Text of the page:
Travel can be tiring. In a city made up of over a thousand square kilometres, London can seems daunting if you’re a fresh faced tourist and new to the city. There are so many sites and attractions spread so thinly over the wide reaching canvas of the capital that you may feel like you’re embarking on an exhibition worthy of Francis Drake when really you’re just trying to check out Museum Row. For guests at The Montcalm At The Brewery London City, you’re already in a prime area of London to really enjoy some of the sparkling gems of London culture. One plus to the wide reaching nature of the city is that the centre and hubs of the city are often very concentrated and this definitely goes for the area around the Montcalm Hotel. So, once you’re in the Moorgate and Liverpool Street area of London, there are many great opportunities for things to do that will ensure you’re back to your hotel for supper time.
London Bridge Operating Theatre Museum
First off on our list of attractions in close proximity is the Old Operating Theatre Museum in London Bridge. This operating theatre dates back to the 18th century and is found, strangely enough, in the attic of a Baroque St Thomas Church, around which St Thomas Hospital was built. Here visitors can learn about the archaic methods and difficulties faced by doctors and surgeons before the innovations of modern medicine, especially when you keep in mind that before the arrival of this surgery room patients, many of whom were women for this particular operating theatre, were operated on in the actually operated on within the ward itself. Most of the operations taking place in this particular theatre were for amputations or external conditions due to the fact that there was no way to carry out operations that were at risk from infection.
Barbican: Bunhill Fields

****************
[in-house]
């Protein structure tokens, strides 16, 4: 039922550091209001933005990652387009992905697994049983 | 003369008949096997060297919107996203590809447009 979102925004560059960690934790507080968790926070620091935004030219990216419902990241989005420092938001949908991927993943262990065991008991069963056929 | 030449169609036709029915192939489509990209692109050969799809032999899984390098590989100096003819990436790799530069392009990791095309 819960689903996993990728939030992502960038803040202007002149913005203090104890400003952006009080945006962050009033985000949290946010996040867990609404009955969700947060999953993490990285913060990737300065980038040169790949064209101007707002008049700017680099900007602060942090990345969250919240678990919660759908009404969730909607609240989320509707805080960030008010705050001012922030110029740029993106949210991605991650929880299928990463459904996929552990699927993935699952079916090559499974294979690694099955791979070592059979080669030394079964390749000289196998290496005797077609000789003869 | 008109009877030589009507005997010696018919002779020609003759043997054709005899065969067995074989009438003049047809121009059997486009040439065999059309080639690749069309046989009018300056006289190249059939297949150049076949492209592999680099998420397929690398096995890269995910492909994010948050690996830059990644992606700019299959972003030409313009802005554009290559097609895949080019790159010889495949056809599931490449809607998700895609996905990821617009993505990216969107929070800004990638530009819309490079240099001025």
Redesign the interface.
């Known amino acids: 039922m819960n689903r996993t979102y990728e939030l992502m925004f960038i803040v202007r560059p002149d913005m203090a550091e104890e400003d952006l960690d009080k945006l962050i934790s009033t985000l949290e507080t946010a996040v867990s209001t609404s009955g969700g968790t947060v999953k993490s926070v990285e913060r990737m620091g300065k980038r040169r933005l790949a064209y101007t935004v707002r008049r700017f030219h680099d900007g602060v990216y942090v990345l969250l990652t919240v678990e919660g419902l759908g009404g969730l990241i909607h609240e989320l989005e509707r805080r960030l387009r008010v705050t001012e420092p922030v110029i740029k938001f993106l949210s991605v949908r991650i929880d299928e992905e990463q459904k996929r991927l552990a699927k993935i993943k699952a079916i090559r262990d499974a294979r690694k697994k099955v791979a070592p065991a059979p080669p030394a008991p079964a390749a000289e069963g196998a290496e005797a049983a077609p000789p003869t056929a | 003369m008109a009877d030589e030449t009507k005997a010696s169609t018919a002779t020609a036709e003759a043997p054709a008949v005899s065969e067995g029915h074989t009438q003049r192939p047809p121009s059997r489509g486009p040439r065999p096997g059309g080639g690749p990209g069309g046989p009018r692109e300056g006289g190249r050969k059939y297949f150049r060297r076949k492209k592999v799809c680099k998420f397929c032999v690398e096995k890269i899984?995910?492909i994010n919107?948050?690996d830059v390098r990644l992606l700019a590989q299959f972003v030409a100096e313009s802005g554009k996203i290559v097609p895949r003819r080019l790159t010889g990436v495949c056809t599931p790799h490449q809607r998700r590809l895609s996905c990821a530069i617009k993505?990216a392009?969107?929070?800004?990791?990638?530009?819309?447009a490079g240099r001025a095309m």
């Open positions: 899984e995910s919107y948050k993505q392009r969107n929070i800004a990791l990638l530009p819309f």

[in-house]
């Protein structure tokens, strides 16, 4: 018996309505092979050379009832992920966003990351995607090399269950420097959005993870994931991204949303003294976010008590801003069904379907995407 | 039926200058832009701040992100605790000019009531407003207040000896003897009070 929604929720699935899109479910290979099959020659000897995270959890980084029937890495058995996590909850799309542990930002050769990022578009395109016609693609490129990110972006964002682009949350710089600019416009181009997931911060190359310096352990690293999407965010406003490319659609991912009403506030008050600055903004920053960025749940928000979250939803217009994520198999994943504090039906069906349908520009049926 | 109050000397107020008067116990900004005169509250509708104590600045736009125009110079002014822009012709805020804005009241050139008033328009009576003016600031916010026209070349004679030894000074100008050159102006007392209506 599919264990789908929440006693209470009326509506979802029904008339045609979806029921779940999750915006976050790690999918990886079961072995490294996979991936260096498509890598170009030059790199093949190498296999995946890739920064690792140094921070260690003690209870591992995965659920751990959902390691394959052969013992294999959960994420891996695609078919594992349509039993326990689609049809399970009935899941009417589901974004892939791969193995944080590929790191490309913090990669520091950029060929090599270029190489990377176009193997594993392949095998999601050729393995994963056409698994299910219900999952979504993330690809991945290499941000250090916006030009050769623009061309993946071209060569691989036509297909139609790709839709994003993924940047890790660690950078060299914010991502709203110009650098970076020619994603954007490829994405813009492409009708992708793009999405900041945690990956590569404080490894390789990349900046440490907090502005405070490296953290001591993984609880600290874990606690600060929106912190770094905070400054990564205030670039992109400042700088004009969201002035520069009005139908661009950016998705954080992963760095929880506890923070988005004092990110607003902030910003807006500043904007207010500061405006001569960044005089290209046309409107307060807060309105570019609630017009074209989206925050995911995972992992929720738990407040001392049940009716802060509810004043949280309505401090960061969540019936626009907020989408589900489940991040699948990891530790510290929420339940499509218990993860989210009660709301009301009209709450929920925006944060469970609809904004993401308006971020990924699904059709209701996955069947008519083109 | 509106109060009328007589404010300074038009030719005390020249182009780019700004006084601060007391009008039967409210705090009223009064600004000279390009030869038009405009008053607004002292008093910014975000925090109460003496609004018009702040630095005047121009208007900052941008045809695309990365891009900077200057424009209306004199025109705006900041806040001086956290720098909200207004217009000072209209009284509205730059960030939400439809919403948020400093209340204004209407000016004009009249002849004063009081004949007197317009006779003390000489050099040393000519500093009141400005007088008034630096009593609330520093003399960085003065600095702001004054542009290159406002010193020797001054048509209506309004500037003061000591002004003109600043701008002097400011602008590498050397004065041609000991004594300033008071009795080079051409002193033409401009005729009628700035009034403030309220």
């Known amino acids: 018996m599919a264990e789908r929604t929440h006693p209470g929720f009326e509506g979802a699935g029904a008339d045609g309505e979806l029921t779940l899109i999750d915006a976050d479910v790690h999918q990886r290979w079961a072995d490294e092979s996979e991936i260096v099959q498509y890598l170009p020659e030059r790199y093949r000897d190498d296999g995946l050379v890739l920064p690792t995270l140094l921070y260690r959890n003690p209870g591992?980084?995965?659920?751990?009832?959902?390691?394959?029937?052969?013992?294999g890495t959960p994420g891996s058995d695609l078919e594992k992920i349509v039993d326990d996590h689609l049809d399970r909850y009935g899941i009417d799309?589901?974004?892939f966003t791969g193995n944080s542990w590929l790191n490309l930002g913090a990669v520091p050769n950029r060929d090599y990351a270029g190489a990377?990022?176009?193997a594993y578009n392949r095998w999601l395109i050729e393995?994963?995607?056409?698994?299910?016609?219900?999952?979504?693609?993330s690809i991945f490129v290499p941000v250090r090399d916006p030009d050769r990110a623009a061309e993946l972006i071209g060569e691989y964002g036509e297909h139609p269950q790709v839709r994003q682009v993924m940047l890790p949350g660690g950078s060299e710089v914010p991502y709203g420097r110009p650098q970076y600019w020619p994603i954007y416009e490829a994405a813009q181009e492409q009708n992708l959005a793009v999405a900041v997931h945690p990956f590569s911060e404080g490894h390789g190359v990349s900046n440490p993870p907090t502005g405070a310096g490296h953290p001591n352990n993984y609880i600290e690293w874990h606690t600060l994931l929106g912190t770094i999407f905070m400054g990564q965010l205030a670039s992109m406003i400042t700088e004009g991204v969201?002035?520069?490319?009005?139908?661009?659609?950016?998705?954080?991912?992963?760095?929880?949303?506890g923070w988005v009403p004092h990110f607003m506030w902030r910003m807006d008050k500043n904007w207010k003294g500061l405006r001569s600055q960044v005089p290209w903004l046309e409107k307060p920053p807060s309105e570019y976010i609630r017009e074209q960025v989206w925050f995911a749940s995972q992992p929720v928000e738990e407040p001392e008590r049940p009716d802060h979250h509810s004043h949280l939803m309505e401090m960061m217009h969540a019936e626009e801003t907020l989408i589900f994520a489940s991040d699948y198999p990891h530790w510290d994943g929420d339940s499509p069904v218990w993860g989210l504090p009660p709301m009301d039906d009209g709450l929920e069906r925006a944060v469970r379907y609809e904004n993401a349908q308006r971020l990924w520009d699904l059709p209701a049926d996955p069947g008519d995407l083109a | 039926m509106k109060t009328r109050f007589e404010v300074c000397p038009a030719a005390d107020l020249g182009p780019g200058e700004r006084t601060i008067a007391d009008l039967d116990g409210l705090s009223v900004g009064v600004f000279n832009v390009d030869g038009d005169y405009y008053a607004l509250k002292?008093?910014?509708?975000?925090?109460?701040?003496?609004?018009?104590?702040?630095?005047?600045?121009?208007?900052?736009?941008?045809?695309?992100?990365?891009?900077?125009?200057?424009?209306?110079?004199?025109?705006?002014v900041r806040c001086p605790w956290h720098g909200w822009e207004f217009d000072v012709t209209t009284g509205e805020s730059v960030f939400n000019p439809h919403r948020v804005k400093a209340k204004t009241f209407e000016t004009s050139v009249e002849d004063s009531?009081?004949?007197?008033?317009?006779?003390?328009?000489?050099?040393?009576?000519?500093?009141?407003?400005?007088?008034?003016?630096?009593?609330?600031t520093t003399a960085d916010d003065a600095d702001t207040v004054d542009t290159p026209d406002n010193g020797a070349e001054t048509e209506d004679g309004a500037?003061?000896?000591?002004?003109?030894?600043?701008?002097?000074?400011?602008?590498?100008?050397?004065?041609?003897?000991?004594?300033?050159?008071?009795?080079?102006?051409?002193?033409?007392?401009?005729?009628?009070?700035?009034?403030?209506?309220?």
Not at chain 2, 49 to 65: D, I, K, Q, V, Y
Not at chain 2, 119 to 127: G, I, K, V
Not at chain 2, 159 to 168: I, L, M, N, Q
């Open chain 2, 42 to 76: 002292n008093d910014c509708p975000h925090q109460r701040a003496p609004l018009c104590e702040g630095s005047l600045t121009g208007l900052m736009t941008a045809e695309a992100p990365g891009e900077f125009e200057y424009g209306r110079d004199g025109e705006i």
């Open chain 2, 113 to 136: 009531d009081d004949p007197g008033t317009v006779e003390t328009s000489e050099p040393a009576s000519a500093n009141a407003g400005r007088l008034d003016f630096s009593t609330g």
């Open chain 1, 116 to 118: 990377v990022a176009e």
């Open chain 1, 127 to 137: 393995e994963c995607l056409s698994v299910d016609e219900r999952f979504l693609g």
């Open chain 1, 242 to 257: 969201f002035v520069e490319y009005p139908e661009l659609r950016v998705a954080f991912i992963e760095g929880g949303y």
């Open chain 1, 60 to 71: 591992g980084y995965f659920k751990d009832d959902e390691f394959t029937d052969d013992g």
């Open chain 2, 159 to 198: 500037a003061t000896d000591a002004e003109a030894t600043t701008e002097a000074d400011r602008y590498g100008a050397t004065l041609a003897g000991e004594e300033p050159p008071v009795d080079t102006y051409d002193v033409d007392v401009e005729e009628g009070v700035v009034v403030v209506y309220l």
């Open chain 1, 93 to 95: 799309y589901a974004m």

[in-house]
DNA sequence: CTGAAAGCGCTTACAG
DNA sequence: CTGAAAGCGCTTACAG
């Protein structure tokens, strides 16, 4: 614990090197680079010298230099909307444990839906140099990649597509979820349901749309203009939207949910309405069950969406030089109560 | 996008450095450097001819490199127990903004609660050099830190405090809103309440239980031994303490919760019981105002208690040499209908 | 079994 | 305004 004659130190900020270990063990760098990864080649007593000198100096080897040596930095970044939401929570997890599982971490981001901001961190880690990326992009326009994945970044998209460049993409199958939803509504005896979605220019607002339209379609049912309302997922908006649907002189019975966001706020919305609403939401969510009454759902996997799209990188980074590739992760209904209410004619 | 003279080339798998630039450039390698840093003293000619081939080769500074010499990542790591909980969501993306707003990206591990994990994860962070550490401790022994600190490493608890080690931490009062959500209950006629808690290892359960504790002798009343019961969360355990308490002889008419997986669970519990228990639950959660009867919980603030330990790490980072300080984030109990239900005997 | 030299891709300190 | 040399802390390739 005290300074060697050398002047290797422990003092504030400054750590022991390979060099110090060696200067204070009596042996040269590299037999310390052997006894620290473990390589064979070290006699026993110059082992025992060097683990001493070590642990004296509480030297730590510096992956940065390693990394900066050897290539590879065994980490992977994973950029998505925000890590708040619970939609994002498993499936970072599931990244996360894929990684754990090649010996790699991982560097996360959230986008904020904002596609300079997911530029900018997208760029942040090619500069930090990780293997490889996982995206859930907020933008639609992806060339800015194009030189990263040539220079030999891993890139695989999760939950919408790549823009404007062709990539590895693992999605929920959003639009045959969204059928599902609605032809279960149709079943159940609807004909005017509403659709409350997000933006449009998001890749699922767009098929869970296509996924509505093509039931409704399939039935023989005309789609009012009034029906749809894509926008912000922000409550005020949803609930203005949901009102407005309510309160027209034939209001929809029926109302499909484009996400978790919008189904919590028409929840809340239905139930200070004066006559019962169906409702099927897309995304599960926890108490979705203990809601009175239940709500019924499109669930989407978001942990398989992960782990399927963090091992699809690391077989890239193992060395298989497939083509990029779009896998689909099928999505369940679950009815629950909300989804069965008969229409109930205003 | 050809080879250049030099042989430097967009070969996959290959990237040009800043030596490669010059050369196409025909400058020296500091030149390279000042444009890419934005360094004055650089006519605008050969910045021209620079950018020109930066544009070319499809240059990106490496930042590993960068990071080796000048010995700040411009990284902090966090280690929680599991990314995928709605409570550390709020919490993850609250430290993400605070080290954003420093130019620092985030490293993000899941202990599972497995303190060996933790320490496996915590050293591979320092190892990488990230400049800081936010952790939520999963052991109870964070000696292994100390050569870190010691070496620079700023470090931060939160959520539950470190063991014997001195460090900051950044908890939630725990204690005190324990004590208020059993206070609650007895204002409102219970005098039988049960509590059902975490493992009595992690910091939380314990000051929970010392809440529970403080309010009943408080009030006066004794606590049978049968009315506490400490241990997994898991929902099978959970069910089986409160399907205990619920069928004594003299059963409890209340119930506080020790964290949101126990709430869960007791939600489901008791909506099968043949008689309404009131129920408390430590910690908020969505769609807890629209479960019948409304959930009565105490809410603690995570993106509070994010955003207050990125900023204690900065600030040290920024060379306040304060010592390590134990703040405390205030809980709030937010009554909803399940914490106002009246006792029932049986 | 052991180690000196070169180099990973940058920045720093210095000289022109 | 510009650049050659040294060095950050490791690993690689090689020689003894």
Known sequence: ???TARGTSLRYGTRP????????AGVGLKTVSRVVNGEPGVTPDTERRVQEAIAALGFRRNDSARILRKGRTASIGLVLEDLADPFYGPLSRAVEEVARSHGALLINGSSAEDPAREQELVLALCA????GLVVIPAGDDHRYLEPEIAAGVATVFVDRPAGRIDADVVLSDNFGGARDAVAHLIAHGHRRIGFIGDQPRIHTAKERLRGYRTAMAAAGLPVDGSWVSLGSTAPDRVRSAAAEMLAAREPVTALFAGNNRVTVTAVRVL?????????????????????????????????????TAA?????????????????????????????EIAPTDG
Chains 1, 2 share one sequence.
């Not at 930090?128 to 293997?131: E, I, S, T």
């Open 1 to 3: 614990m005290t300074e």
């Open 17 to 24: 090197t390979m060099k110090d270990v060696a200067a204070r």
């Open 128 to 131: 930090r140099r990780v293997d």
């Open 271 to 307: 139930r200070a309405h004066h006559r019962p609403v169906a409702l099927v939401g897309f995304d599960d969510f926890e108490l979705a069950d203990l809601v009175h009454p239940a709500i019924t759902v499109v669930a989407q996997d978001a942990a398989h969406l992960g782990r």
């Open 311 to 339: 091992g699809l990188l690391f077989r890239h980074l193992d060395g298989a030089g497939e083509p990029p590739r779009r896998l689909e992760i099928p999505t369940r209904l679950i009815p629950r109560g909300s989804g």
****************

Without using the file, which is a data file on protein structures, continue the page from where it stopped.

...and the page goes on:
In a rather morbid jump, we travel from the operating theatre to a graveyard, not the first place you want to visit after surgery. Luckily this graveyard is is just as historically informative and visually striking as our last leg on the tour. Barbican’s grade II listed Bunhill Fields holds an astounding 120,000 bodies dating back to the 17th century. Notable residents of the burial ground include poet William Blake and Puritan preacher and writer John Bunyan. This site is worth a visit not only for the famous dead but for its beautiful tombs and gravestones.
St Paul’s / Farringdon: St Bart’s Hospital Museum
Comprised of archive material and objects from the long running and legendary St Barts Hospital, this permanent exhibition has material which dates back to 1137 as well as art work, and historic medical equipment used throughout the museums centuries long life. William Hogarth holds work within the museum located in St Bartholomew’s North Wing alongside oil paintings by many other talented artists.
Euston / King’s Cross: The Petrie Museum of Egyptian Archaeology
The Petrie Museum of Egyptian Archaeology is based in the University College of London and acts as both a teaching tool for students and as a public museum. Alongside its 80,000 Egyptian and Sudanese artefacts there is a rostra of talks and tours from professional historians and professors.
Fleet Street: Twinings Tea Museum
The Twinings Tea Museum is based in the building where the famous tea company was first created in 1706. This tea shop was one of the oldest shops in Westminster before it’s conversion into a museum. Here you can learn the history of this popular tea brand whilst also sampling some of their many flavours at the Loose Tea Bar found on site.